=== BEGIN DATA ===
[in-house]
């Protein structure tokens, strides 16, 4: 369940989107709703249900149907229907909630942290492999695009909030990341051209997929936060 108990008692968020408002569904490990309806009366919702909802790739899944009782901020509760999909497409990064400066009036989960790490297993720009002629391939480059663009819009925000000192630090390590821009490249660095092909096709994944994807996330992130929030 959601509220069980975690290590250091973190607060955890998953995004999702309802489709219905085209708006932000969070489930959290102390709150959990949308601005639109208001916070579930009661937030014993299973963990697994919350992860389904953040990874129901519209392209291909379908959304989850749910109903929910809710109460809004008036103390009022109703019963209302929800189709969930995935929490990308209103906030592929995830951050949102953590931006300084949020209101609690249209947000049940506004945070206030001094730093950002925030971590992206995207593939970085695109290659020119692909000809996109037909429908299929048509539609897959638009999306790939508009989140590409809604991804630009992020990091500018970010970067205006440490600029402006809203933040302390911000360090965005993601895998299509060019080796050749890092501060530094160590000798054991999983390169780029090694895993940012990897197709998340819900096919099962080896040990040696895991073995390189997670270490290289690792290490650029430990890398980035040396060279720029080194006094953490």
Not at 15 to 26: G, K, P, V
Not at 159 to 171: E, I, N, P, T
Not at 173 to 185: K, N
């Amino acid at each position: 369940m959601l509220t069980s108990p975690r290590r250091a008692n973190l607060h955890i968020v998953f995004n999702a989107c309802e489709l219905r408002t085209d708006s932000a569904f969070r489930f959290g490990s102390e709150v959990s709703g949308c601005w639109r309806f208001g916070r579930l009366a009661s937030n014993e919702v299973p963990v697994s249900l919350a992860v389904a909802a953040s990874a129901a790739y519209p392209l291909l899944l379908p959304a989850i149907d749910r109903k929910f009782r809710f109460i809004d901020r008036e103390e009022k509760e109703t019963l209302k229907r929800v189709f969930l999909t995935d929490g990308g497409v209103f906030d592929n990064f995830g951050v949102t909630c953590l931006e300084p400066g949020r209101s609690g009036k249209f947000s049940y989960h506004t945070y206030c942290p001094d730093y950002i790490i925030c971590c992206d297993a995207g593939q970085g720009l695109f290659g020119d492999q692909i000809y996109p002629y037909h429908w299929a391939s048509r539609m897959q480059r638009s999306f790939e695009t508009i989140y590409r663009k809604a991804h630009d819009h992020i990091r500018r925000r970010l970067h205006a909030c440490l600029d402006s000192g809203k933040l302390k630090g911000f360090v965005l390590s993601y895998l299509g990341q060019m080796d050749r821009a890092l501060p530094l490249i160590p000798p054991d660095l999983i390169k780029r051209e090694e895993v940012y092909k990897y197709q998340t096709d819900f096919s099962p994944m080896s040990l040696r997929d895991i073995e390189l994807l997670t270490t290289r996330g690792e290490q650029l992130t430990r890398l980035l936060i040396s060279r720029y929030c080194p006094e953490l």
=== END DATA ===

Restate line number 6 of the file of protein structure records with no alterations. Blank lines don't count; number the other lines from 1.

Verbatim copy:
């Amino acid at each position: 369940m959601l509220t069980s108990p975690r290590r250091a008692n973190l607060h955890i968020v998953f995004n999702a989107c309802e489709l219905r408002t085209d708006s932000a569904f969070r489930f959290g490990s102390e709150v959990s709703g949308c601005w639109r309806f208001g916070r579930l009366a009661s937030n014993e919702v299973p963990v697994s249900l919350a992860v389904a909802a953040s990874a129901a790739y519209p392209l291909l899944l379908p959304a989850i149907d749910r109903k929910f009782r809710f109460i809004d901020r008036e103390e009022k509760e109703t019963l209302k229907r929800v189709f969930l999909t995935d929490g990308g497409v209103f906030d592929n990064f995830g951050v949102t909630c953590l931006e300084p400066g949020r209101s609690g009036k249209f947000s049940y989960h506004t945070y206030c942290p001094d730093y950002i790490i925030c971590c992206d297993a995207g593939q970085g720009l695109f290659g020119d492999q692909i000809y996109p002629y037909h429908w299929a391939s048509r539609m897959q480059r638009s999306f790939e695009t508009i989140y590409r663009k809604a991804h630009d819009h992020i990091r500018r925000r970010l970067h205006a909030c440490l600029d402006s000192g809203k933040l302390k630090g911000f360090v965005l390590s993601y895998l299509g990341q060019m080796d050749r821009a890092l501060p530094l490249i160590p000798p054991d660095l999983i390169k780029r051209e090694e895993v940012y092909k990897y197709q998340t096709d819900f096919s099962p994944m080896s040990l040696r997929d895991i073995e390189l994807l997670t270490t290289r996330g690792e290490q650029l992130t430990r890398l980035l936060i040396s060279r720029y929030c080194p006094e953490l």